In cells exposed to 6-OHDA, use of CNM-Au8 led to fewer clumps of alpha-synuclein protein, an established hallmark of Parkinson’s disease.

CNM-Ai8 treatment also halted the accumulation of reactive oxygen species, and significantly lessened the loss of mitochondria induced by exposure to the neurotoxin MPP+.

“We are excited to share these latest Parkinson’s disease neuroprotection data regarding our lead nanocatalyst, CNM-Au8, with the neuroscience research community,” Rob Etherington, the president and CEO of Clene, said in a press release.

“Coupled with prior neuroprotection and remyelination data presented at major scientific congresses, this new Parkinson’s data demonstrate how improvements in bioenergetics with CNM-Au8 may preserve neuronal viability across multiple neurodegenerative disorders,” Etherington added.

CNM-Au8 was also tested in vivo (living organism) in a rat model of Parkinson’s disease. 6-OHDA was injected into the right side of the animals’ striatum. These rats were then given CNM-Au8 or a sham solution daily, delivered orally, beginning the next day (early treatment) or 14 days later (late treatment group).

Locomotor function in the rats was assessed using the vertical cylinder paw placement test after six weeks. Results showed that animals treated with CNM-Au8, either early or later, had improvements in motor activity compared to control (untreated) mice.

Early treatment with CNM-Au8 also reduced the number of apomorphine-induced rotations (circling, which signals problems) in rats with lesions at week six by 42% compared to control rats.

Notably, rats treated with CNM-Au8 in this test also showed better results compared to rats treated with carbidopa/levodopa, a standard Parkinson’s therapy.

“These data support our belief that treatment with CNM-Au8 may improve the survival of dopaminergic neurons in patients with PD, thereby helping slow the progression of this devastating disease. Disease modifying therapies remain a key, unmet treatment goal in Parkinson’s disease,” Etherington said.

CNM-Au8 was shown to be safe in a Phase 1 clinical trial involving healthy volunteers (NCT02755870).

In the REPAIR-PD study, participants will first undergo a four-week screening period, after which they will drink two ounces of CNM-Au8 daily each morning for 12 weeks. Treatment will be followed by a four-week follow-up period.

The study’s primary outcome is to determine improvements in oxidative stress in the central nervous system (brain and spinal cord), assessed by the ratio of NAD+/NADH measured using magnetic resonance spectroscopy (MRS).

Additional (secondary) measures include assessing the effects of CNM-Au8 on energy production and nerve cells’ metabolism. Results are expected by mid-2020.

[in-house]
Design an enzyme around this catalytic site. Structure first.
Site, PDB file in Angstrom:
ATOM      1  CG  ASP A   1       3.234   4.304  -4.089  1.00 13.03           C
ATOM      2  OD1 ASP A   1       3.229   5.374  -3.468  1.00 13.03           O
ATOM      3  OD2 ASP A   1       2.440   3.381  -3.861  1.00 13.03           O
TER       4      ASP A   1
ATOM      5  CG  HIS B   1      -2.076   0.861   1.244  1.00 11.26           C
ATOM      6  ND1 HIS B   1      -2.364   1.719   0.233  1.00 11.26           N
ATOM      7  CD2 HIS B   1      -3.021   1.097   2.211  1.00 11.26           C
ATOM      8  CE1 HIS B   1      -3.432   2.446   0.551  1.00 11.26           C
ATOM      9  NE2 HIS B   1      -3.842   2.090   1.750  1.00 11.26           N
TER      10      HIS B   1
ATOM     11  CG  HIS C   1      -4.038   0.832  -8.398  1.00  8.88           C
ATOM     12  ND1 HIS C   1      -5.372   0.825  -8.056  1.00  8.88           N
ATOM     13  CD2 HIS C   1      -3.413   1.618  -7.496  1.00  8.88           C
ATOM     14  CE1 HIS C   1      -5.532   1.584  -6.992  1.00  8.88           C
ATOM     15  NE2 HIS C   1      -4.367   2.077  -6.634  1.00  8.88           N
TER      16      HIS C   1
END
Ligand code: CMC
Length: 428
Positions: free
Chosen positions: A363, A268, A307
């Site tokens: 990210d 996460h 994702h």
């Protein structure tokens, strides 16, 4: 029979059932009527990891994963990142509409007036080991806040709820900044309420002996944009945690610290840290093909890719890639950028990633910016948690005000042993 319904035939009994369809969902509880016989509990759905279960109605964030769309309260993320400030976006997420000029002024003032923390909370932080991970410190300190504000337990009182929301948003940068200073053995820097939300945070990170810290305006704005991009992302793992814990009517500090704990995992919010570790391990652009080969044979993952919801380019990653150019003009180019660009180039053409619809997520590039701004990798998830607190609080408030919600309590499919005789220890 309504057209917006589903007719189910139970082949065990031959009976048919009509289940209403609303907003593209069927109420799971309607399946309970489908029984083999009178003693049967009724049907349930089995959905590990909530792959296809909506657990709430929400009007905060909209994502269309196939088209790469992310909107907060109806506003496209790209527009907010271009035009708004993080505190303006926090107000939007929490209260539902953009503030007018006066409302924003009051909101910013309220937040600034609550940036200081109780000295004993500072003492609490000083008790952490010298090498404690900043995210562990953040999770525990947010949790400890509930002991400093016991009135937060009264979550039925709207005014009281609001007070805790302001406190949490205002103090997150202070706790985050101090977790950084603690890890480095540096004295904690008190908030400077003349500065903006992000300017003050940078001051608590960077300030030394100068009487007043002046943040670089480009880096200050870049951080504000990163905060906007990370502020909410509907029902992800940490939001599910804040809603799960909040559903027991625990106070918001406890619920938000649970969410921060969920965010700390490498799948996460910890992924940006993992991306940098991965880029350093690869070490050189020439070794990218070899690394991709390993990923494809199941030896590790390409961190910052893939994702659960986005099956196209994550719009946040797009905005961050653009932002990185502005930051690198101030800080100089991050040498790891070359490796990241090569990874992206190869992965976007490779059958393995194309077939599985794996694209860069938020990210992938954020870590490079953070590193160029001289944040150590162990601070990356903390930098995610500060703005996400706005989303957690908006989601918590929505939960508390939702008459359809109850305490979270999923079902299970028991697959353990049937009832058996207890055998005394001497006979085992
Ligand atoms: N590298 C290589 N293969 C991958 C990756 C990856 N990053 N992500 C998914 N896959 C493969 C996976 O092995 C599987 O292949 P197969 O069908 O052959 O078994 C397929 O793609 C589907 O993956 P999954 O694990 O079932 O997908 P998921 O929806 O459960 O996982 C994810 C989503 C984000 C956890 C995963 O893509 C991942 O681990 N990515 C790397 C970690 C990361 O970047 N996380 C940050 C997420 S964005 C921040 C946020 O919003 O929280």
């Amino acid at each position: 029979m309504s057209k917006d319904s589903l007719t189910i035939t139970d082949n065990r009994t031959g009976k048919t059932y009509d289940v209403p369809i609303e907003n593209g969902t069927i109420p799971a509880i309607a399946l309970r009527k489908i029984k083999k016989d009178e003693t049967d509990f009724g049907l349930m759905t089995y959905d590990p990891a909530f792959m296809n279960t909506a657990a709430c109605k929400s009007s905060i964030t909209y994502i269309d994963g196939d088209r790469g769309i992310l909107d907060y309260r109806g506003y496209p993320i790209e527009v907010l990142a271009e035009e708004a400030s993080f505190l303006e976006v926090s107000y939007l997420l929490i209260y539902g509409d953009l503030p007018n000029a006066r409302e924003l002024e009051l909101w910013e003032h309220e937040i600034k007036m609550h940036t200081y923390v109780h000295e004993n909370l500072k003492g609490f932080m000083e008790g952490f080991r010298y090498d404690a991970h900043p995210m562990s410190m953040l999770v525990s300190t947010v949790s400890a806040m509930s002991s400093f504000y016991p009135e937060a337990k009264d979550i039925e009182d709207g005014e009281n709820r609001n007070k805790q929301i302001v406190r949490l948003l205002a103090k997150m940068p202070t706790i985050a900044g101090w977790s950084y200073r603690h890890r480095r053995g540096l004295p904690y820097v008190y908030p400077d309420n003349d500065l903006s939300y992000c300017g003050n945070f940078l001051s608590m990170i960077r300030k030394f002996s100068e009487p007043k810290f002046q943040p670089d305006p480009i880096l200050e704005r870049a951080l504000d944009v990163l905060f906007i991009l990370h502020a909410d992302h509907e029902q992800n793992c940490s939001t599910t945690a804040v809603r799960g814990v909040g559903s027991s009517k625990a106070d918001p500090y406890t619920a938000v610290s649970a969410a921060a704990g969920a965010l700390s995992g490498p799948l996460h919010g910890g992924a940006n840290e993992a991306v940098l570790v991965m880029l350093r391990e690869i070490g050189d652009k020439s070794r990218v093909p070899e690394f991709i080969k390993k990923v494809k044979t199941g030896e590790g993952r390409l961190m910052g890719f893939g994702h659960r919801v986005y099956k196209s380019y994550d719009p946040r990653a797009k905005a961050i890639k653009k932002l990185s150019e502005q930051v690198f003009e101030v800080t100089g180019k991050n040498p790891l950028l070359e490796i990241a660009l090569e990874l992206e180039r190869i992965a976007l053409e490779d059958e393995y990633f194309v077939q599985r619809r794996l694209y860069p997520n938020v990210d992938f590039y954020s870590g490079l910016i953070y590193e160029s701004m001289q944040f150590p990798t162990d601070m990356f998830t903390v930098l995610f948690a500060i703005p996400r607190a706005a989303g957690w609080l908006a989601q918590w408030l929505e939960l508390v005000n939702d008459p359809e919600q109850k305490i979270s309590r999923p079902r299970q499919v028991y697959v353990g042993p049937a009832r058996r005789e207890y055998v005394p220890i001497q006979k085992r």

“We are excited to be advancing CNM-Au8 into studies in Parkinson’s patients starting with the REPAIR-PD Phase 2 study,” said Robert Glanzman, Clene’s chief medical officer. “This study will advance our understanding how CNM-Au8 treatment affects central nervous system biomarkers related to bioenergetics, neuronal metabolism, and oxidative stress, as potential indicators of target engagement for CNM-Au8.”

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Early Trial for Prevail’s One-time Gene Therapy PR001 to Start Soon

PR001 GBA1 trial

Prevail Therapeutics will soon start its Phase 1/2 clinical trial evaluating the safety, tolerability, and early efficacy of its one-time gene therapy — called PR001 — for Parkinson’s disease associated with mutations in the GBA1 gene.

The trial is expected to enroll up to 16 people with confirmed GBA1 mutations. Participants will be randomly assigned to receive two escalating doses of PR001, or placebo, administered as a single injection.

The company expects that dosing will start during 2019.

“We are excited to begin dosing patients in our Phase 1/2 clinical trial for PD-GBA this year,” Asa Abeliovich, MD, PhD, founder and CEO of Prevail, said in a press release. “We believe PR001 has tremendous potential to slow or stop disease progression in patients with PD-GBA … who currently have no disease-modifying therapeutic options.”

People with GBA1 mutations have up to a five-fold higher risk of developing Parkinson’s disease. Indeed, estimates point to a link to GBA1 mutations in 7 to 10% of all Parkinson’s cases.

The GBA1 gene contains all the information necessary to produce the enzyme beta-glucocerebrosidase (GCase) — an important component of cells’ recycling factories, called lysosomes. Lack of this enzyme, or its faulty activity, will make cells accumulate toxic substances inside them, which may contribute to the neurodegeneration seen in Parkinson’s disease.

PR001 was designed as a single-dose gene therapy that will provide nerve cells with a fully working copy of the GBA1 gene. This new method uses a modified and harmless version of an adeno-associated virus (AAV9) to deliver the gene to cells, which will then be able to recover GCase function.